When former NBA commissioner David Stern is asked about the potential impacts of sports betting on college sports, he chuckles and shakes his head, as if he already knew the question was coming.
Stern was the keynote speaker at a symposium at Elon Tuesday evening to discuss the impacts of legalizing sports betting, which North Carolina is in the process of doing. Stern said the risk of corruption is greater with college sports than with professional sports.
“I think that college kids can be more easily influenced,” Stern said, referencing point-shaving scandals in college sports. “Especially in potentially corrupt cultures.”
Senate Bill 154 would allow casinos run by Native American tribes in North Carolina to offer betting on college and professional sports, as well as horse racing.
There are two casinos in North Carolina that will reap the bill’s benefits. Both are in the western part of the state and owned by the Eastern Band of Cherokee Indians.
A number of ACC states have been considering proposals to legalize sports wagering. ACC Commissioner John Swofford said in the summer of 2018 that the conference would look into its potential impacts.
North Carolina athletic director Bubba Cunningham previously told The N&O that UNC opposes gambling on college sports.
Senate Bill 154 became possible in 2018 after a key U.S. Supreme Court decision, Murphy v. NCAA, which allows individual states to decide whether to legalize sports betting.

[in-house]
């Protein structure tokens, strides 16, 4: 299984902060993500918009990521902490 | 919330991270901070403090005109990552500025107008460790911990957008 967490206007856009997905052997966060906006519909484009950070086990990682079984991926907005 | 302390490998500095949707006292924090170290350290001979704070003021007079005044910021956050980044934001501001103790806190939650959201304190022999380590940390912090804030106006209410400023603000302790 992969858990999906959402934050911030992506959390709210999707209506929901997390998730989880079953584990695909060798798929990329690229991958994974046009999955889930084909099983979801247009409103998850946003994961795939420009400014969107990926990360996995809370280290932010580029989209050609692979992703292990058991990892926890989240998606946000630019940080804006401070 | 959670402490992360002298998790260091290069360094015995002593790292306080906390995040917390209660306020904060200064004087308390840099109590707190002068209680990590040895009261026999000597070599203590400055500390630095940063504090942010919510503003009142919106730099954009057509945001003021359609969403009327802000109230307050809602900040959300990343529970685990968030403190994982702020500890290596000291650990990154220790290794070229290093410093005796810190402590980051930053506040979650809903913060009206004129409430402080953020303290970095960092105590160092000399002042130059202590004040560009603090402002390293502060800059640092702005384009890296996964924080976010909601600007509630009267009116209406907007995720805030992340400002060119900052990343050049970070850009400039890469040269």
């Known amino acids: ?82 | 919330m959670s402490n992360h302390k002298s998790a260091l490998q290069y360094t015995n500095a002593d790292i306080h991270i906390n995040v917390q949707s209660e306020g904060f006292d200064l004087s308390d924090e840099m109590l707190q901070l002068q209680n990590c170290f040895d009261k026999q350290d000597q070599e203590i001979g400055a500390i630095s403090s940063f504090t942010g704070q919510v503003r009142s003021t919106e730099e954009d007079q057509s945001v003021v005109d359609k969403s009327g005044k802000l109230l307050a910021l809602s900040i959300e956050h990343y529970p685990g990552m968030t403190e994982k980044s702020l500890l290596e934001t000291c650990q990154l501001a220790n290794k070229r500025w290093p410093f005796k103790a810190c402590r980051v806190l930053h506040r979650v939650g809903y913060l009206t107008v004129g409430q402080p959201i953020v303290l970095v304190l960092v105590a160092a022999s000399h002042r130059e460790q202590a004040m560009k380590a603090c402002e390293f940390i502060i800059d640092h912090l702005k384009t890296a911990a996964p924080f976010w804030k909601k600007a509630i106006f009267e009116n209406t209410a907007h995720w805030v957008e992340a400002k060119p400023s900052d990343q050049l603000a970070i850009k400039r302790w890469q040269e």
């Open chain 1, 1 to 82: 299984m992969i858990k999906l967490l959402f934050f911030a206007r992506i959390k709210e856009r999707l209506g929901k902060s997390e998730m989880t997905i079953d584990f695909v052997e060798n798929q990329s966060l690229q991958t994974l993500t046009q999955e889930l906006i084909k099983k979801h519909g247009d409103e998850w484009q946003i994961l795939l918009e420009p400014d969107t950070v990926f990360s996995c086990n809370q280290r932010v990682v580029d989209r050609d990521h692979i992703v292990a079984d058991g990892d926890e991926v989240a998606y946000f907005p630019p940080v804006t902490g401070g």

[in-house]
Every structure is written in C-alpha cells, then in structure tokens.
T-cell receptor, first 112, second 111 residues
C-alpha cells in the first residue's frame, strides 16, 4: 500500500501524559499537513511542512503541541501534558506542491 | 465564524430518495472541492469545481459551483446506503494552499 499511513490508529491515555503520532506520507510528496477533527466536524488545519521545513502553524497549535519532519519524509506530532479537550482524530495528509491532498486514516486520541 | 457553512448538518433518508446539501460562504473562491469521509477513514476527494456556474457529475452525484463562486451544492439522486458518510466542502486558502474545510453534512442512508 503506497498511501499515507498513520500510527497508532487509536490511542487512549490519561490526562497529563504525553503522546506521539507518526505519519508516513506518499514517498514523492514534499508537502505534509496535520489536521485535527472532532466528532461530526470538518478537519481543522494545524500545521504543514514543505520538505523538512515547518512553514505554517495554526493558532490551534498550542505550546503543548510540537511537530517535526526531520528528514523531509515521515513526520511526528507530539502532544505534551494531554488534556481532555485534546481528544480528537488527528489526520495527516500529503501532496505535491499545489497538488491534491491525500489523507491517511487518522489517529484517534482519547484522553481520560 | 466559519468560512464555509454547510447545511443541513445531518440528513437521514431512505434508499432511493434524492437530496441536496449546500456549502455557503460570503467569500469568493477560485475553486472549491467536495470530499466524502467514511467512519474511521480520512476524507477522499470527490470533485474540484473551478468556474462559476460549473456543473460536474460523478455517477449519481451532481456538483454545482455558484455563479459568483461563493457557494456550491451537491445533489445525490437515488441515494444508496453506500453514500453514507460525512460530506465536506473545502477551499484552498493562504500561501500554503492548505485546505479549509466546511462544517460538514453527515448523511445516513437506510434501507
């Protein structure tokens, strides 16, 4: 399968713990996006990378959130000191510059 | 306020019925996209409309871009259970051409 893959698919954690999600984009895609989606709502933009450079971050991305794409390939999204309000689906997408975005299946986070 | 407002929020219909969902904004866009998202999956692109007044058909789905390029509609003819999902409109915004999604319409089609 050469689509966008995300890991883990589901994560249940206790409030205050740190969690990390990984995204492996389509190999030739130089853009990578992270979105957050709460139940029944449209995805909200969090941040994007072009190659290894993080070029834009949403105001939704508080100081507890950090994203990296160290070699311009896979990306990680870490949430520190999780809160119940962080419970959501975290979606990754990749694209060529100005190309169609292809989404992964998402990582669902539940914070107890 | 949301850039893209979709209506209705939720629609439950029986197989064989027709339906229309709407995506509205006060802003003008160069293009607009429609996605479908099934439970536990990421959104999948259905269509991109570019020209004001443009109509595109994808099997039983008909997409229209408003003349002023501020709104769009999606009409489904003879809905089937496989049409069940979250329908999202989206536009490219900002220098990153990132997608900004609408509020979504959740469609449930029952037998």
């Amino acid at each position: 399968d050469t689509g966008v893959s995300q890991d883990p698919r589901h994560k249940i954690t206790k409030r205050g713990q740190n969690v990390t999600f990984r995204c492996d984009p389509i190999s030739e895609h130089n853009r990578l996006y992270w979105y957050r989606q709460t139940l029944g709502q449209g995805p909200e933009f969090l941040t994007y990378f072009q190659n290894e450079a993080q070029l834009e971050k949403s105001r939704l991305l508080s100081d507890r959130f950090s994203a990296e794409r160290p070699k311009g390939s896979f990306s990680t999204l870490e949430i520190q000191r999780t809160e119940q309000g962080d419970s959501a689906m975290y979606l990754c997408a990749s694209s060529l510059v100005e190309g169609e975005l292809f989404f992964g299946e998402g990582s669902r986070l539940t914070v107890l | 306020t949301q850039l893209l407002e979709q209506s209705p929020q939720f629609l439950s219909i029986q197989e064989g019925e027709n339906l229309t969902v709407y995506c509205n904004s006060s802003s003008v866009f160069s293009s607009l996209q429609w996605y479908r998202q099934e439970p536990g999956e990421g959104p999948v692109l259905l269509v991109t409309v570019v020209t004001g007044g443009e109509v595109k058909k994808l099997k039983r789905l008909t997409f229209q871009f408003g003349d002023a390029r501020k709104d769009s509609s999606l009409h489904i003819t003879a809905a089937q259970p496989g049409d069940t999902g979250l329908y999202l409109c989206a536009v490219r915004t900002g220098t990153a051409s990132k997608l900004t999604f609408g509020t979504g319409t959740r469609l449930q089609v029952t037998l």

Stern said he was in favor of creating a uniform system regulated by the federal government with safeguards in place. He said he sees a lot of risks with states regulating their own programs.
“My biggest concern was that — it depends who the state or what agency the state puts in charge of it,” Stern said. “State by state is going to be challenging in terms of running it.”
Stern served as the NBA commissioner for 30 years before retiring in 2014. He is often credited with helping to increase the popularity of the NBA during the Michael Jordan era.
Under Stern, the NBA dealt with a betting scandal of its own after the FBI discovered in 2007 that one its referees, Tim Donaghy, bet on NBA games.
Stern said he does not believe there will be an increase in scandals with the legalization of wagering on sports, but it remains a problem.
“Corruption is corruption,” Stern said. “It’s going to continue. ... Whether it’s legal betting or illegal betting, the risks are still the same. And I think the legalization of it, in some respects, is going to make the leagues more vigilant and more sensitive.”
Stern said sports betting will continue to change the way sports are consumed. Spreads will become more and more important, and as a result the scrutiny of players and officials will increase, he said.
“I think it’s great for business,” Stern said. “I think it has it’s risks and issues, but I think the league will get past it in a good way.”